Has anyone ever likened the Archibald Prize to the Melbourne Cup before? Someone must have – they are as alike as two annual events from two completely unrelated fields with nothing in common can be. The eminent event in both their fields, they are as much about the spectacle, the famous faces, the ego, champagne, money, prestige, bragging rights…you get the gist.
Unlike the Melbourne Cup though, I actually enjoy the Archibald. I know it’s not really an exhibition of the best portraiture done in Australia each year, I know the Doug Moran Prize for portraiture offers twice as much prize money to the winner and is far more serious, and I know a lot of the hype is about which artists managed to get which celebrity to sit for them rather than the work itself – but it’s the closest thing we get to real excitement from the wider community about Australian art, so I’m damn well going to support it.
That being said, I wish it gave back as much love as it gets from our relationship. Every year when the Archibald comes around I’m more excitable than Bart Cummings’ eyebrows in a Flemington gale waiting to see who’s made the final, and every year I’m left unsatisfied. I’m even worse when the winner is announced. It’s always the way with big events. The legend is greater than the reality. No one remembers who won the Oscar each year either, they only remember who fell over on the red carpet. I can recall a few standout winners of the Archibald, artists whose work really grabbed me like Ben Quilty’s portrait of Margaret Olley and Nicholas Harding’s painting of John Bell as King Lear, but for the most part I only recall feeling deflated by the field.
Criticism of the Archibald and its selection process arises every year. I don’t really feel the need to add to it, although some of their defences really are quite silly. I mean, the rules ensure that the artists signatures be covered during the viewing to avoid nepotism, but if a numskull like me can recognise a Del Kathryn Barton or an Abbey McCulloch whizzing by, then I’d be fairly confident the trustees of the Art Gallery of NSW can too. I’m not sure it’s necessarily a huge issue, but it seems daft to deny it. And even if it as random as they say, it certainly feels very formulaic. You only need to look at the last twelve years of finalists to see a pattern – a painting of Cate Blanchett is always on the cards, as are Indigenous sporting heroes and whoever won Australian of the Year. Michael Zavros is a sure bet as is Mathew Lynn, whose 15th time as a finalist this year makes him the Meryl Streep of the Archibald. And the one that always makes my nose twitch – a portrait of a person of Asian extraction portrayed within a landscape dotted with Chinese writing (this is often done as a triptych just to drive home the subject’s heritage). If you happen to have painted an Indigenous sporting hero who is also the current Australian of Year…well your painting is a dead certainty. Just ask Alan Jones who is in this year with AFL star and Aussie of the Year Adam Goodes.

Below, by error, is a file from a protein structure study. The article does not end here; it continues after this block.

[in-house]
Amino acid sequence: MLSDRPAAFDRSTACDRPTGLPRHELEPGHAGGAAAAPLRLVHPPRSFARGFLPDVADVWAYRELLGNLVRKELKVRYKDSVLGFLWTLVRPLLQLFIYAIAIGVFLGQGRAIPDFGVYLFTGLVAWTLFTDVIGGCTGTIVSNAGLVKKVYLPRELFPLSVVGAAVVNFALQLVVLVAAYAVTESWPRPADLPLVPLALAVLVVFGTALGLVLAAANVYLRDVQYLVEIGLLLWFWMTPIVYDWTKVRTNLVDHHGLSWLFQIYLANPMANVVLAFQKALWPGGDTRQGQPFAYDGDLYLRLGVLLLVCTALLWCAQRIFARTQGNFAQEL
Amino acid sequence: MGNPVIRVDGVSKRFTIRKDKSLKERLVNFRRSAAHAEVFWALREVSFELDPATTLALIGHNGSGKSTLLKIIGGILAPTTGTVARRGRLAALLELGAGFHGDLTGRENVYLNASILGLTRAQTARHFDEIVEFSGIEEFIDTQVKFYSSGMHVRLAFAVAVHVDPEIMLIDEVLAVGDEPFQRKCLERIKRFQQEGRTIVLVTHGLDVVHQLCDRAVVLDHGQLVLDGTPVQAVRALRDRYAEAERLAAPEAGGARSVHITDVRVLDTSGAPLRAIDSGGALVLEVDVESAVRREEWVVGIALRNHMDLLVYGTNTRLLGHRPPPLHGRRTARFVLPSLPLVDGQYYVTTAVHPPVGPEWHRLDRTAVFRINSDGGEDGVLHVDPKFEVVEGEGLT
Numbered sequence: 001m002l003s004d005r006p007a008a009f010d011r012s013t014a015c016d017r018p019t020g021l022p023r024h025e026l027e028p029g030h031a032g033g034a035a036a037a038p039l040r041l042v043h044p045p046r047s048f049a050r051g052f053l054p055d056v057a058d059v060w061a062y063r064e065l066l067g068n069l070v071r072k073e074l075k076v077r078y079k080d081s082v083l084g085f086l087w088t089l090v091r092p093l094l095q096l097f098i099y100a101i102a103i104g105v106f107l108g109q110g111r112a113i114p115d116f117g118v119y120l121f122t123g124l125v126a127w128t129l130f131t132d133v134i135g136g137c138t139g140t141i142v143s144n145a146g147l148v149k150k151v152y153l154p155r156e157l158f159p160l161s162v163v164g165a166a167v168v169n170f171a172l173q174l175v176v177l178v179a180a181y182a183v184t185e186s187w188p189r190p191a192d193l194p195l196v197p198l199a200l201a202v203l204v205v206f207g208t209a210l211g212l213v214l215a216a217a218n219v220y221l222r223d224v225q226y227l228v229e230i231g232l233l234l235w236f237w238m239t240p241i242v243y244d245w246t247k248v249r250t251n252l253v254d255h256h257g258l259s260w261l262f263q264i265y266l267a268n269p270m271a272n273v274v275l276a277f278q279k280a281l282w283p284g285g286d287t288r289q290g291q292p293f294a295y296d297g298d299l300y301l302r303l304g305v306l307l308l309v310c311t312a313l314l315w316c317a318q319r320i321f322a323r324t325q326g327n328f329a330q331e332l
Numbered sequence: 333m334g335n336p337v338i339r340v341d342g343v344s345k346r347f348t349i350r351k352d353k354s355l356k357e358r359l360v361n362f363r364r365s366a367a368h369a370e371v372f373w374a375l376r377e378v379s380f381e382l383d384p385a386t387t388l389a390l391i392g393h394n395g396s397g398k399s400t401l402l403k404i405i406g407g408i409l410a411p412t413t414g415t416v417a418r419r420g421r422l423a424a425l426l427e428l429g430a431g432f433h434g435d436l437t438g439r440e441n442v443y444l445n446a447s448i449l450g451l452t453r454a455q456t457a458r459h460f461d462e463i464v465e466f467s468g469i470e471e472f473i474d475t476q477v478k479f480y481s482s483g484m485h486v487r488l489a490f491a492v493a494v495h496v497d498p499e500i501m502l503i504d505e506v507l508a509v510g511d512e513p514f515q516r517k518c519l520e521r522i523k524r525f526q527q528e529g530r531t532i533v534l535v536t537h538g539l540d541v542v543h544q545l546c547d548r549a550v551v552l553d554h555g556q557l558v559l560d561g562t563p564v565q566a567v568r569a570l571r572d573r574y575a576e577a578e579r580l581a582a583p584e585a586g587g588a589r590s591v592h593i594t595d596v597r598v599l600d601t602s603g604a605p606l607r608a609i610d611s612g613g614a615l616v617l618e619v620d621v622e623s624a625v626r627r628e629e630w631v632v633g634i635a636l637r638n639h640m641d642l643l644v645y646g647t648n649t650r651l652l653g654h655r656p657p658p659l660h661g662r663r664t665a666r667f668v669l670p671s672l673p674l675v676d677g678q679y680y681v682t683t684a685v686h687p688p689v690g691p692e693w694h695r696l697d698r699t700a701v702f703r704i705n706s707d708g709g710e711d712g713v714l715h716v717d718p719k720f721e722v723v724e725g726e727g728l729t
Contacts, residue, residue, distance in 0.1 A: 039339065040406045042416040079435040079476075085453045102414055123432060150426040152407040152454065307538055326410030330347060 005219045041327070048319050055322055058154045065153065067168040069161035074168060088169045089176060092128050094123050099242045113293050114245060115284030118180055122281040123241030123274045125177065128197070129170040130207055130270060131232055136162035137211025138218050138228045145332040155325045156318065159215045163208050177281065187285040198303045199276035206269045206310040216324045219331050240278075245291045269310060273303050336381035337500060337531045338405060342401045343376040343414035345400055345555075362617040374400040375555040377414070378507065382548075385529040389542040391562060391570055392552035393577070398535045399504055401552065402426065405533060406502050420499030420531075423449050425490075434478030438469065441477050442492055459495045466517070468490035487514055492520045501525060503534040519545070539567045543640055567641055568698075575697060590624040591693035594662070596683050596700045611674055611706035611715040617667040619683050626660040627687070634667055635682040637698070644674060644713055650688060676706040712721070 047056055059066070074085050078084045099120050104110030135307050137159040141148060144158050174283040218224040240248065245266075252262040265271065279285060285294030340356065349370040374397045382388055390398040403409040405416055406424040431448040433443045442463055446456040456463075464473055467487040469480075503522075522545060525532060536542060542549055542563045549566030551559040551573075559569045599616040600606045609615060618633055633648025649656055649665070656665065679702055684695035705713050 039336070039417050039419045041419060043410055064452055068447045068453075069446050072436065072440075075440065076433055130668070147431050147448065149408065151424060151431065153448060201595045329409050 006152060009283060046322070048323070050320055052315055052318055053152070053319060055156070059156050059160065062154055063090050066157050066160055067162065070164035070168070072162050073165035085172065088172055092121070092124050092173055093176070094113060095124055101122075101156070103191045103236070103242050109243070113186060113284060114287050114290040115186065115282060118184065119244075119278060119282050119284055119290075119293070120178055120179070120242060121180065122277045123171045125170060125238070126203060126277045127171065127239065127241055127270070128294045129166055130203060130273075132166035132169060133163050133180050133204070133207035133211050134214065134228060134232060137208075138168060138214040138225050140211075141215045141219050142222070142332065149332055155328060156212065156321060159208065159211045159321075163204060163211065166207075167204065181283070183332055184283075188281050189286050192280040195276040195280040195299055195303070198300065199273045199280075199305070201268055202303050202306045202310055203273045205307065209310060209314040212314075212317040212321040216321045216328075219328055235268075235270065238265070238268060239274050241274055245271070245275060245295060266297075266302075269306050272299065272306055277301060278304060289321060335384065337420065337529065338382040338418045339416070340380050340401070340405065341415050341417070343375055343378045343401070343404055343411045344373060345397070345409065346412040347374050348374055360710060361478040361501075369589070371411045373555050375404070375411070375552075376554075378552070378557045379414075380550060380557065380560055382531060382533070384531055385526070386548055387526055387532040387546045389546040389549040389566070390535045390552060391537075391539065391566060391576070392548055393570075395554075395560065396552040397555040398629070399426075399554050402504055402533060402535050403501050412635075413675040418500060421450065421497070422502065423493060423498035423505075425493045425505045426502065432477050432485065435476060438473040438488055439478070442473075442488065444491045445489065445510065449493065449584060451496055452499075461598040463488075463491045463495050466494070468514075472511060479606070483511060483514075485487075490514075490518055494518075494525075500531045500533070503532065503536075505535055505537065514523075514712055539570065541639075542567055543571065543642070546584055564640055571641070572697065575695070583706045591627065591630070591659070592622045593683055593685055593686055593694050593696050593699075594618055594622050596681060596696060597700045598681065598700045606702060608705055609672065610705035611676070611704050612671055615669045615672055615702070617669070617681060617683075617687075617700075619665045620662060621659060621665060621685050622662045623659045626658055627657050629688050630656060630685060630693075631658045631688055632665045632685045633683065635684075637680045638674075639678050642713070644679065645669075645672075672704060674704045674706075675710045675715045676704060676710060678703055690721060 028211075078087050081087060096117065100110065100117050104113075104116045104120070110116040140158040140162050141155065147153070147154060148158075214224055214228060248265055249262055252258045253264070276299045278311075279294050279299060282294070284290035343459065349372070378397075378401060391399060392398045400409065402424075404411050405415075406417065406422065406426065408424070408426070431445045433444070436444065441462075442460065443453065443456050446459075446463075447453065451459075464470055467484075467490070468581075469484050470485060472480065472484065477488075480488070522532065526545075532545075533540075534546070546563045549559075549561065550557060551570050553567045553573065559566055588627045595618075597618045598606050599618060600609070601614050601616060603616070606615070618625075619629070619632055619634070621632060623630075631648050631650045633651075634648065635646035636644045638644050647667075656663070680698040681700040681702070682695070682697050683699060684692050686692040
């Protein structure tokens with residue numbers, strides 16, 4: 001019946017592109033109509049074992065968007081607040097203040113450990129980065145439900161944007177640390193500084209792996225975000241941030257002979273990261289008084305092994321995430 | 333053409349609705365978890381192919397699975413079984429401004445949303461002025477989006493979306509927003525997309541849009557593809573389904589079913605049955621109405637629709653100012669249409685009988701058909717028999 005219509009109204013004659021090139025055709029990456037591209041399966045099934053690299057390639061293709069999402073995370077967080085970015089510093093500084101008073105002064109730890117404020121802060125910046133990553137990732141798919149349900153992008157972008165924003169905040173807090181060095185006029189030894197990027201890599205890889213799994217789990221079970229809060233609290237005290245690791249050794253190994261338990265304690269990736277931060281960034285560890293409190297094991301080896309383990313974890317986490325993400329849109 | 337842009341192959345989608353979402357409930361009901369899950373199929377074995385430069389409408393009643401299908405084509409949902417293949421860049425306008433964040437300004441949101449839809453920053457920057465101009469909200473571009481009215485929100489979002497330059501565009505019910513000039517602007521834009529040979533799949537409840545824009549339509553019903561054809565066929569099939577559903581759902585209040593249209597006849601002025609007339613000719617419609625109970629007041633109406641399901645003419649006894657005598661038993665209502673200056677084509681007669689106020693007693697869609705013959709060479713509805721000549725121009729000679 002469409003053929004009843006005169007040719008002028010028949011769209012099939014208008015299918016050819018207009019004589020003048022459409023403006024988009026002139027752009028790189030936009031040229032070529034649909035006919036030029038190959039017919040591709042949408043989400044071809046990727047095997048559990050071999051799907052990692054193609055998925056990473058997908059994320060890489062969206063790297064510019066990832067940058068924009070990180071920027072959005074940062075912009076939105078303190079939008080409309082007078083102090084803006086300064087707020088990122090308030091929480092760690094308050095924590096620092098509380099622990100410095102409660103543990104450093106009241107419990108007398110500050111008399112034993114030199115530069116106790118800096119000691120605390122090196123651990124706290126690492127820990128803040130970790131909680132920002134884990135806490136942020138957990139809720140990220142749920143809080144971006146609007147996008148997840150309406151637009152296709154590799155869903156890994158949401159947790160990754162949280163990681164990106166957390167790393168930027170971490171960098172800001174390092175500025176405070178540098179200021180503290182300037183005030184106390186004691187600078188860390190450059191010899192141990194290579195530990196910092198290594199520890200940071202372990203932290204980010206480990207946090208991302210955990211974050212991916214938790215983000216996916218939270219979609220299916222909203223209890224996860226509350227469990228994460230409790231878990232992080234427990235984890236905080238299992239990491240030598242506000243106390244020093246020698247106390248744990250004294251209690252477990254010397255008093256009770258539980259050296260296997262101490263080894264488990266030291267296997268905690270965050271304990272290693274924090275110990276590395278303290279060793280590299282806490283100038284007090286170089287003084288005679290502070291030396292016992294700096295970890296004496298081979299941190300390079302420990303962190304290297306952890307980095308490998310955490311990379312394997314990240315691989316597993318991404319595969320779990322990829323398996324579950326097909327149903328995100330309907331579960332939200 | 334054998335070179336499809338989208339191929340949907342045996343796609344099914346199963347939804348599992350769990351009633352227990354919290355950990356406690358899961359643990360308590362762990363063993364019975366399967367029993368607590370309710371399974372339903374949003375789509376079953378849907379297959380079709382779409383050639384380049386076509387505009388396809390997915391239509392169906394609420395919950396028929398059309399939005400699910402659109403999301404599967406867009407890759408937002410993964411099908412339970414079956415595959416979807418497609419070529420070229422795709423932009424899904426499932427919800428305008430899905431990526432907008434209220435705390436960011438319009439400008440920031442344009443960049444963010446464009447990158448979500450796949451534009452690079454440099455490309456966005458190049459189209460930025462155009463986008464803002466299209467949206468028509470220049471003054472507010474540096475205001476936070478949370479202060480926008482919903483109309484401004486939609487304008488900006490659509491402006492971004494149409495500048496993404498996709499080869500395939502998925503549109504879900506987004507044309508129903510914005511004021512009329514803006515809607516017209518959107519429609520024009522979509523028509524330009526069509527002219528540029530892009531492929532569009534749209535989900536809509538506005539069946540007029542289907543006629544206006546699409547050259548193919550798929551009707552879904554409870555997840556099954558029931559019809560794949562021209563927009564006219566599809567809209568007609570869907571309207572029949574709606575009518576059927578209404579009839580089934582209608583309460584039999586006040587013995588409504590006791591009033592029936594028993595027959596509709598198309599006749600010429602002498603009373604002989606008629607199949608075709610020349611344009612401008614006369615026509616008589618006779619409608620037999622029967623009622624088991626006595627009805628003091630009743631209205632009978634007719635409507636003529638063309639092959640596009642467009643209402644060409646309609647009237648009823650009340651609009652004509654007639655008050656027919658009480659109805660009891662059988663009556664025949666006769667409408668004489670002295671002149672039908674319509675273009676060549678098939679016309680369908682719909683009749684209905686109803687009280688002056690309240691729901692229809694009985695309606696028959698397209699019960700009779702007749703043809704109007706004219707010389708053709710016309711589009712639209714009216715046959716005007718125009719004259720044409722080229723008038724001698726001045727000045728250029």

The other thing that makes me question the randomness of inclusion is the Archibald’s penchant for a good crossover, where an artist is also the subject of another finalist’s entry. Artists really seem to love painting each other, which I guess makes sense. I’d probably paint my friends too if I knew how to use a paintbrush. I certainly write about them often enough. This year Tim Maguire is among the finalists with his portrait of Cate Blanchett (ding!) while Mia Oatley is in with her portrait of Tim Maguire, and Troy Quinliven is in with his portrait of Rodney Pople who gets a hang this year with his portrait of Barry Humphries. If you really want to push it, the Packing Room Prize for 2014 has already been won by previous Archibald Prize winner (and subject) Tim Storrier, who entered a painting of Sir Les Patterson, alter ego of Barry Humphries.
The darling of this arty interweaving though is McLean Edwards. His face has hung in the Archibald almost as often as his own entries have. In 2004 David Bromley painted Edwards, who was a fellow finalist with a painting of his Sydney art dealer Martin Browne. In 2007, Edwards painted Browne again, while Alexander McKenzie painted Edwards. Last year Edwards was a finalist with Glenn Barkley and Jason Benjamin made it in with Edwards. Confused? Don’t be. Just know that it’s not an Archibald without McLean Edwards in there somehow. This is one of the few years he’s neither, but only because he was too busy with a forthcoming solo show to enter.
It’s not that the subjects aren’t worthy – they are 100% deserving of being immortalised. It’s just that the role-call of both artists and sitters doesn’t seem to vary much from year to year and therefore rarely delivers anything that blows my head off. And yet in some weird art world version of Stockholm Syndrome, I continue to come back for more. Why? Because I like to feel like I know what I’m talking about, and the Archibald does accessible art really well. It might not be very demanding, but I visit the Archibald each year for the same reason I still own the ugliest pair of ugg boots you’ve ever seen. I know what I’m getting when I set foot in it.
For what it’s worth I’d like to see Mike Barnard win this year with his portrait of his mother, titled You Beautiful Fighter. It’s hauntingly executed, and lovely both in appearance and back story. I suspect either Anh Do’s portrait of his father or Jandamarra Cadd’s Archie Roach tribute will pip it at the post, but I’ll be putting money on Barnard’s nose anyway.
See more about the 2014 Archibald Prize here.
Here’s more of Mike Barnard’s work.
All images taken from the Art Gallery of NSW website, except for John Bell as King Lear by Nicholas Harding, taken from the National Portrait Gallery website.